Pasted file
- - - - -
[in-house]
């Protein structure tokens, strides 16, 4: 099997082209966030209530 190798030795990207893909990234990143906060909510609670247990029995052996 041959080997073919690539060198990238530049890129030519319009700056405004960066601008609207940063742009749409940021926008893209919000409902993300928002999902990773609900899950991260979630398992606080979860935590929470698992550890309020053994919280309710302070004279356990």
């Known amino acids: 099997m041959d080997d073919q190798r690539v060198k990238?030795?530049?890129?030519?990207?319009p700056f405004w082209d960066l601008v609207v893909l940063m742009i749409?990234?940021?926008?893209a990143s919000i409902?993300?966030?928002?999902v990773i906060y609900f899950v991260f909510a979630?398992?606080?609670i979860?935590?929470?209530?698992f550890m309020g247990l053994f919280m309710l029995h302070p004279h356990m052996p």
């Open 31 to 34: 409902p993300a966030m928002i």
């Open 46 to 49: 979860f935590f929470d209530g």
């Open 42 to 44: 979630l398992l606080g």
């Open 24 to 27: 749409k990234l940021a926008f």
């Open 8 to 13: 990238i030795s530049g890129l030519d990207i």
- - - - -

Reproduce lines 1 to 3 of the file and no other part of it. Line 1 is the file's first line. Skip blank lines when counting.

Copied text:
[in-house]
């Protein structure tokens, strides 16, 4: 099997082209966030209530 190798030795990207893909990234990143906060909510609670247990029995052996 041959080997073919690539060198990238530049890129030519319009700056405004960066601008609207940063742009749409940021926008893209919000409902993300928002999902990773609900899950991260979630398992606080979860935590929470698992550890309020053994919280309710302070004279356990």
């Known amino acids: 099997m041959d080997d073919q190798r690539v060198k990238?030795?530049?890129?030519?990207?319009p700056f405004w082209d960066l601008v609207v893909l940063m742009i749409?990234?940021?926008?893209a990143s919000i409902?993300?966030?928002?999902v990773i906060y609900f899950v991260f909510a979630?398992?606080?609670i979860?935590?929470?209530?698992f550890m309020g247990l053994f919280m309710l029995h302070p004279h356990m052996p």